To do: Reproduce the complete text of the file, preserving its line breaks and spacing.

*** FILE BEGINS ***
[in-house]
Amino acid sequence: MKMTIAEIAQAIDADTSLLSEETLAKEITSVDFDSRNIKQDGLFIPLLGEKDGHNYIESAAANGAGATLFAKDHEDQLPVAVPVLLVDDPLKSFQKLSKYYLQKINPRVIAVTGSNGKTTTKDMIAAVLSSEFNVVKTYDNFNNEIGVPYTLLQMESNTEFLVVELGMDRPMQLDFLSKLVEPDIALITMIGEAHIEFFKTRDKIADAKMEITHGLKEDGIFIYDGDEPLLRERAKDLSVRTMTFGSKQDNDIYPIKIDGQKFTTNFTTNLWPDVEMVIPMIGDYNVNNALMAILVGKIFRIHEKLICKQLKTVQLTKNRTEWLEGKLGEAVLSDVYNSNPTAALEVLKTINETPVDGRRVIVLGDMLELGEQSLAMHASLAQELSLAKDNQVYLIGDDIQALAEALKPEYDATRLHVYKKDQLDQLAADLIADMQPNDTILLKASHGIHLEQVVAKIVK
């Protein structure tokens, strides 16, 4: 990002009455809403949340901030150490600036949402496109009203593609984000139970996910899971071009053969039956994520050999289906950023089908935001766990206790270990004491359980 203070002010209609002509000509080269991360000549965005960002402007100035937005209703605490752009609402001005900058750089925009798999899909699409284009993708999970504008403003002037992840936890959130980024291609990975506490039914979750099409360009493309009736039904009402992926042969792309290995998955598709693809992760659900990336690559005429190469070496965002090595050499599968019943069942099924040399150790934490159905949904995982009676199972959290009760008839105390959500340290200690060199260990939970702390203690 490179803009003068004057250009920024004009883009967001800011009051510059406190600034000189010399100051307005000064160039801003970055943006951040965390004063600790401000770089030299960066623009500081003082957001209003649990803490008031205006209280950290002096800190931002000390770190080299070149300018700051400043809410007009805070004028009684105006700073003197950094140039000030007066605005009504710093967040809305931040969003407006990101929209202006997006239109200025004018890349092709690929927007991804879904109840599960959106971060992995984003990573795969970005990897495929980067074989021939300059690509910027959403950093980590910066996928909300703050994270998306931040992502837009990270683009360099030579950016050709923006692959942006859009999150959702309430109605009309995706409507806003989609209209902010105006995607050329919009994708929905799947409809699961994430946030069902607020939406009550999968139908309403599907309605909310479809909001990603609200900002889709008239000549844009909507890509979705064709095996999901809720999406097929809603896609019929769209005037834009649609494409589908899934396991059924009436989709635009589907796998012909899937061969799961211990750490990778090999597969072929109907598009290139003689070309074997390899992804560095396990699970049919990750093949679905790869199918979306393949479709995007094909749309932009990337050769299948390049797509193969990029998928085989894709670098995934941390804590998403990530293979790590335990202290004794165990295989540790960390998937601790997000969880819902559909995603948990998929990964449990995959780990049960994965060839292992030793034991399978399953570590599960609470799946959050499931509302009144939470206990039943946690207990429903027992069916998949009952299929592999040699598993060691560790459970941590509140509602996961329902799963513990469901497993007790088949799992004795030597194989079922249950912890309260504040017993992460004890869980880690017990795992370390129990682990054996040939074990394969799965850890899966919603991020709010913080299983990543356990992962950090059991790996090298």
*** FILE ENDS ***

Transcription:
[in-house]
Amino acid sequence: MKMTIAEIAQAIDADTSLLSEETLAKEITSVDFDSRNIKQDGLFIPLLGEKDGHNYIESAAANGAGATLFAKDHEDQLPVAVPVLLVDDPLKSFQKLSKYYLQKINPRVIAVTGSNGKTTTKDMIAAVLSSEFNVVKTYDNFNNEIGVPYTLLQMESNTEFLVVELGMDRPMQLDFLSKLVEPDIALITMIGEAHIEFFKTRDKIADAKMEITHGLKEDGIFIYDGDEPLLRERAKDLSVRTMTFGSKQDNDIYPIKIDGQKFTTNFTTNLWPDVEMVIPMIGDYNVNNALMAILVGKIFRIHEKLICKQLKTVQLTKNRTEWLEGKLGEAVLSDVYNSNPTAALEVLKTINETPVDGRRVIVLGDMLELGEQSLAMHASLAQELSLAKDNQVYLIGDDIQALAEALKPEYDATRLHVYKKDQLDQLAADLIADMQPNDTILLKASHGIHLEQVVAKIVK
């Protein structure tokens, strides 16, 4: 990002009455809403949340901030150490600036949402496109009203593609984000139970996910899971071009053969039956994520050999289906950023089908935001766990206790270990004491359980 203070002010209609002509000509080269991360000549965005960002402007100035937005209703605490752009609402001005900058750089925009798999899909699409284009993708999970504008403003002037992840936890959130980024291609990975506490039914979750099409360009493309009736039904009402992926042969792309290995998955598709693809992760659900990336690559005429190469070496965002090595050499599968019943069942099924040399150790934490159905949904995982009676199972959290009760008839105390959500340290200690060199260990939970702390203690 490179803009003068004057250009920024004009883009967001800011009051510059406190600034000189010399100051307005000064160039801003970055943006951040965390004063600790401000770089030299960066623009500081003082957001209003649990803490008031205006209280950290002096800190931002000390770190080299070149300018700051400043809410007009805070004028009684105006700073003197950094140039000030007066605005009504710093967040809305931040969003407006990101929209202006997006239109200025004018890349092709690929927007991804879904109840599960959106971060992995984003990573795969970005990897495929980067074989021939300059690509910027959403950093980590910066996928909300703050994270998306931040992502837009990270683009360099030579950016050709923006692959942006859009999150959702309430109605009309995706409507806003989609209209902010105006995607050329919009994708929905799947409809699961994430946030069902607020939406009550999968139908309403599907309605909310479809909001990603609200900002889709008239000549844009909507890509979705064709095996999901809720999406097929809603896609019929769209005037834009649609494409589908899934396991059924009436989709635009589907796998012909899937061969799961211990750490990778090999597969072929109907598009290139003689070309074997390899992804560095396990699970049919990750093949679905790869199918979306393949479709995007094909749309932009990337050769299948390049797509193969990029998928085989894709670098995934941390804590998403990530293979790590335990202290004794165990295989540790960390998937601790997000969880819902559909995603948990998929990964449990995959780990049960994965060839292992030793034991399978399953570590599960609470799946959050499931509302009144939470206990039943946690207990429903027992069916998949009952299929592999040699598993060691560790459970941590509140509602996961329902799963513990469901497993007790088949799992004795030597194989079922249950912890309260504040017993992460004890869980880690017990795992370390129990682990054996040939074990394969799965850890899966919603991020709010913080299983990543356990992962950090059991790996090298």